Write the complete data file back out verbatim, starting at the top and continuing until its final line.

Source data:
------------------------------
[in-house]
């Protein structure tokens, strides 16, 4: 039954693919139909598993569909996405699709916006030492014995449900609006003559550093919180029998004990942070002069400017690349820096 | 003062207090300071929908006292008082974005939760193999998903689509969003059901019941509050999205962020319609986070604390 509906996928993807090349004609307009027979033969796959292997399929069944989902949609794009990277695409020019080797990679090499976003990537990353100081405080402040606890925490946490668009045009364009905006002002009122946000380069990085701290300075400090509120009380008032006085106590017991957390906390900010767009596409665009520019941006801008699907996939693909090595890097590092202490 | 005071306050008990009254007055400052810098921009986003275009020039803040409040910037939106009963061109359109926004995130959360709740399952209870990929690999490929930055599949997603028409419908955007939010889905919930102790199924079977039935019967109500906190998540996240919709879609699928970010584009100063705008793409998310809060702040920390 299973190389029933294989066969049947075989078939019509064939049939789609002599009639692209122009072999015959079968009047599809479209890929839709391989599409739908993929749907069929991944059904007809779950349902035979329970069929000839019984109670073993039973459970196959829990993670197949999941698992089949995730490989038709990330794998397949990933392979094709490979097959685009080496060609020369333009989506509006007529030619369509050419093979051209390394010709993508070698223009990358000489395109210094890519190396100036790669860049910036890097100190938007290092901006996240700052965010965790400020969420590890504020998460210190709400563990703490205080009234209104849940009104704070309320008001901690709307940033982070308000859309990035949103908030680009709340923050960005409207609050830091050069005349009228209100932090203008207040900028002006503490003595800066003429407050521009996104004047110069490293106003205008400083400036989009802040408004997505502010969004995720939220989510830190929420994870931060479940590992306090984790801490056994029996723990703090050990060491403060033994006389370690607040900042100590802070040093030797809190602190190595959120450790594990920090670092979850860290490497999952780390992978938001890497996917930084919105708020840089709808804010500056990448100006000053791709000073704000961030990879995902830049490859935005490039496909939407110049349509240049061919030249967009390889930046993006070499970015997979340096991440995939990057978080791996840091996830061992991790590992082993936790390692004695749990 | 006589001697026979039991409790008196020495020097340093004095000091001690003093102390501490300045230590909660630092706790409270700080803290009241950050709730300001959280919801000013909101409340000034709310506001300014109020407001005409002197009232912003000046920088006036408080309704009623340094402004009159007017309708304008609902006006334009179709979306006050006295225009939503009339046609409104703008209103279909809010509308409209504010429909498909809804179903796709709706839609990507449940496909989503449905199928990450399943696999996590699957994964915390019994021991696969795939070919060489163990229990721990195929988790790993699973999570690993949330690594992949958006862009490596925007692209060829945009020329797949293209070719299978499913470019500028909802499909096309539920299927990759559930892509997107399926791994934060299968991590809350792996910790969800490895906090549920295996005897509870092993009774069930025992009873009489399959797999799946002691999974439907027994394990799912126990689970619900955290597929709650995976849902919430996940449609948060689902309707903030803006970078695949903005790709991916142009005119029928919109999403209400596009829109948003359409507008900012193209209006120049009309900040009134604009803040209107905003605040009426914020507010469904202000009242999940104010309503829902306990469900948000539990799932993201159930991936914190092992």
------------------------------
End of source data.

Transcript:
[in-house]
């Protein structure tokens, strides 16, 4: 039954693919139909598993569909996405699709916006030492014995449900609006003559550093919180029998004990942070002069400017690349820096 | 003062207090300071929908006292008082974005939760193999998903689509969003059901019941509050999205962020319609986070604390 509906996928993807090349004609307009027979033969796959292997399929069944989902949609794009990277695409020019080797990679090499976003990537990353100081405080402040606890925490946490668009045009364009905006002002009122946000380069990085701290300075400090509120009380008032006085106590017991957390906390900010767009596409665009520019941006801008699907996939693909090595890097590092202490 | 005071306050008990009254007055400052810098921009986003275009020039803040409040910037939106009963061109359109926004995130959360709740399952209870990929690999490929930055599949997603028409419908955007939010889905919930102790199924079977039935019967109500906190998540996240919709879609699928970010584009100063705008793409998310809060702040920390 299973190389029933294989066969049947075989078939019509064939049939789609002599009639692209122009072999015959079968009047599809479209890929839709391989599409739908993929749907069929991944059904007809779950349902035979329970069929000839019984109670073993039973459970196959829990993670197949999941698992089949995730490989038709990330794998397949990933392979094709490979097959685009080496060609020369333009989506509006007529030619369509050419093979051209390394010709993508070698223009990358000489395109210094890519190396100036790669860049910036890097100190938007290092901006996240700052965010965790400020969420590890504020998460210190709400563990703490205080009234209104849940009104704070309320008001901690709307940033982070308000859309990035949103908030680009709340923050960005409207609050830091050069005349009228209100932090203008207040900028002006503490003595800066003429407050521009996104004047110069490293106003205008400083400036989009802040408004997505502010969004995720939220989510830190929420994870931060479940590992306090984790801490056994029996723990703090050990060491403060033994006389370690607040900042100590802070040093030797809190602190190595959120450790594990920090670092979850860290490497999952780390992978938001890497996917930084919105708020840089709808804010500056990448100006000053791709000073704000961030990879995902830049490859935005490039496909939407110049349509240049061919030249967009390889930046993006070499970015997979340096991440995939990057978080791996840091996830061992991790590992082993936790390692004695749990 | 006589001697026979039991409790008196020495020097340093004095000091001690003093102390501490300045230590909660630092706790409270700080803290009241950050709730300001959280919801000013909101409340000034709310506001300014109020407001005409002197009232912003000046920088006036408080309704009623340094402004009159007017309708304008609902006006334009179709979306006050006295225009939503009339046609409104703008209103279909809010509308409209504010429909498909809804179903796709709706839609990507449940496909989503449905199928990450399943696999996590699957994964915390019994021991696969795939070919060489163990229990721990195929988790790993699973999570690993949330690594992949958006862009490596925007692209060829945009020329797949293209070719299978499913470019500028909802499909096309539920299927990759559930892509997107399926791994934060299968991590809350792996910790969800490895906090549920295996005897509870092993009774069930025992009873009489399959797999799946002691999974439907027994394990799912126990689970619900955290597929709650995976849902919430996940449609948060689902309707903030803006970078695949903005790709991916142009005119029928919109999403209400596009829109948003359409507008900012193209209006120049009309900040009134604009803040209107905003605040009426914020507010469904202000009242999940104010309503829902306990469900948000539990799932993201159930991936914190092992």